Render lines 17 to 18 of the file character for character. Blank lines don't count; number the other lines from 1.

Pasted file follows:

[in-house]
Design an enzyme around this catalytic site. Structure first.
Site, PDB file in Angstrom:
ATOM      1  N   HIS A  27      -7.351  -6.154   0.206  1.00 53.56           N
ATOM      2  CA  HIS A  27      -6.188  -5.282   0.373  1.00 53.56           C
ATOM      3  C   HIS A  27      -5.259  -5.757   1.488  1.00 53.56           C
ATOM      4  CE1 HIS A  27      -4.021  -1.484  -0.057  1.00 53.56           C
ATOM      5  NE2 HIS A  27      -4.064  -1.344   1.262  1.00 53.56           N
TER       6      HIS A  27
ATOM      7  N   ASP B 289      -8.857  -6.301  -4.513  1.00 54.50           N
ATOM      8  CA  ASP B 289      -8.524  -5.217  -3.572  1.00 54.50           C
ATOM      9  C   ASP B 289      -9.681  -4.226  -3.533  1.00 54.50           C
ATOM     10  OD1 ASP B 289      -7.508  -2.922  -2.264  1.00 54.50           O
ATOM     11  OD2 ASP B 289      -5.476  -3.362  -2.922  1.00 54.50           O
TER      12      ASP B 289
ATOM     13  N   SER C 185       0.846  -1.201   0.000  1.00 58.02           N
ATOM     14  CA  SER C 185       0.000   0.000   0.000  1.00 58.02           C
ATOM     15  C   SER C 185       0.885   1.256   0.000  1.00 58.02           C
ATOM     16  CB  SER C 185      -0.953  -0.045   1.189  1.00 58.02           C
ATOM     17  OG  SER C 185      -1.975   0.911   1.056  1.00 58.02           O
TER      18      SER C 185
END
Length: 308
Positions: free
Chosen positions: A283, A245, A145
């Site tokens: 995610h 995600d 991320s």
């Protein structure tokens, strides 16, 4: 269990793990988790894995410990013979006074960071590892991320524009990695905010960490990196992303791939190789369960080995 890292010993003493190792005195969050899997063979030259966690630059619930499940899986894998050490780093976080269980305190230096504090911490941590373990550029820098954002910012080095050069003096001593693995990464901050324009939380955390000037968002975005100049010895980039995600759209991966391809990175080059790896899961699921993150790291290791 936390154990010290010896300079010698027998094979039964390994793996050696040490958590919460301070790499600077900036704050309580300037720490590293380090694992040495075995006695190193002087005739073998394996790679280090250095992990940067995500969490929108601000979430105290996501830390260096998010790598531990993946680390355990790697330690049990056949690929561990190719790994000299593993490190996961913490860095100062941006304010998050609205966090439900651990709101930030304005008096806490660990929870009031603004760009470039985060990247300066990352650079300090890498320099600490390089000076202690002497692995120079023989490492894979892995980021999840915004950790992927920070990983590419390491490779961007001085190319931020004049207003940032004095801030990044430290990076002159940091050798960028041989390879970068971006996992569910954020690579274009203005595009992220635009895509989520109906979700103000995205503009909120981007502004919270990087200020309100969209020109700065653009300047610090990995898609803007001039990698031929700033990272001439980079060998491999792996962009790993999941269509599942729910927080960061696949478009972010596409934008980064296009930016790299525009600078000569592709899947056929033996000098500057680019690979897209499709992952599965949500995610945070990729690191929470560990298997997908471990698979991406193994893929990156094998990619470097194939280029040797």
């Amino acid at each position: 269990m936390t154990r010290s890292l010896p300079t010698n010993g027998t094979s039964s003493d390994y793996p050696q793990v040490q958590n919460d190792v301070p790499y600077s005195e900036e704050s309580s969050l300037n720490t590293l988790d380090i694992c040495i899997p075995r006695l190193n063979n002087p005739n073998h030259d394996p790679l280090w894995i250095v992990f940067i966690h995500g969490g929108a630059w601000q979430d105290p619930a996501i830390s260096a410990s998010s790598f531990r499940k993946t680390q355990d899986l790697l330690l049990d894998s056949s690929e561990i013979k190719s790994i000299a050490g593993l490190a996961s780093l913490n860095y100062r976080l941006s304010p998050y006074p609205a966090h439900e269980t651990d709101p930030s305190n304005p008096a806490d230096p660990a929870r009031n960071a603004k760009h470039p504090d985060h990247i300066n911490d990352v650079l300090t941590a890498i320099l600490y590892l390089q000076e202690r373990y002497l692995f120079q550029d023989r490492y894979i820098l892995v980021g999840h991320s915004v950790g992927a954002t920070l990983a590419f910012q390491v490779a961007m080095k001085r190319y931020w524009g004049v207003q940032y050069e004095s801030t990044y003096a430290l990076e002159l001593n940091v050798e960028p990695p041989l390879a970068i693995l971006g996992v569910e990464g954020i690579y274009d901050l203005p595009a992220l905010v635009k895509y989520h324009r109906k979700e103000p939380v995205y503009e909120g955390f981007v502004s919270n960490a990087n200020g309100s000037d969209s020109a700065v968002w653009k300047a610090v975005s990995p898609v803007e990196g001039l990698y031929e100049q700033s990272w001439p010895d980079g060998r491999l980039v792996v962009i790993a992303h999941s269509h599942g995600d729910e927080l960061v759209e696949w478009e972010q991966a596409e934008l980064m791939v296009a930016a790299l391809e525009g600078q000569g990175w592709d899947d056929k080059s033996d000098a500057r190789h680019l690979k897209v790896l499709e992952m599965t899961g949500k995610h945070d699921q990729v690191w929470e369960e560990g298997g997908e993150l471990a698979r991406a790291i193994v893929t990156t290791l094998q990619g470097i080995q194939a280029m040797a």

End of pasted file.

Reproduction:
ATOM     14  CA  SER C 185       0.000   0.000   0.000  1.00 58.02           C
ATOM     15  C   SER C 185       0.885   1.256   0.000  1.00 58.02           C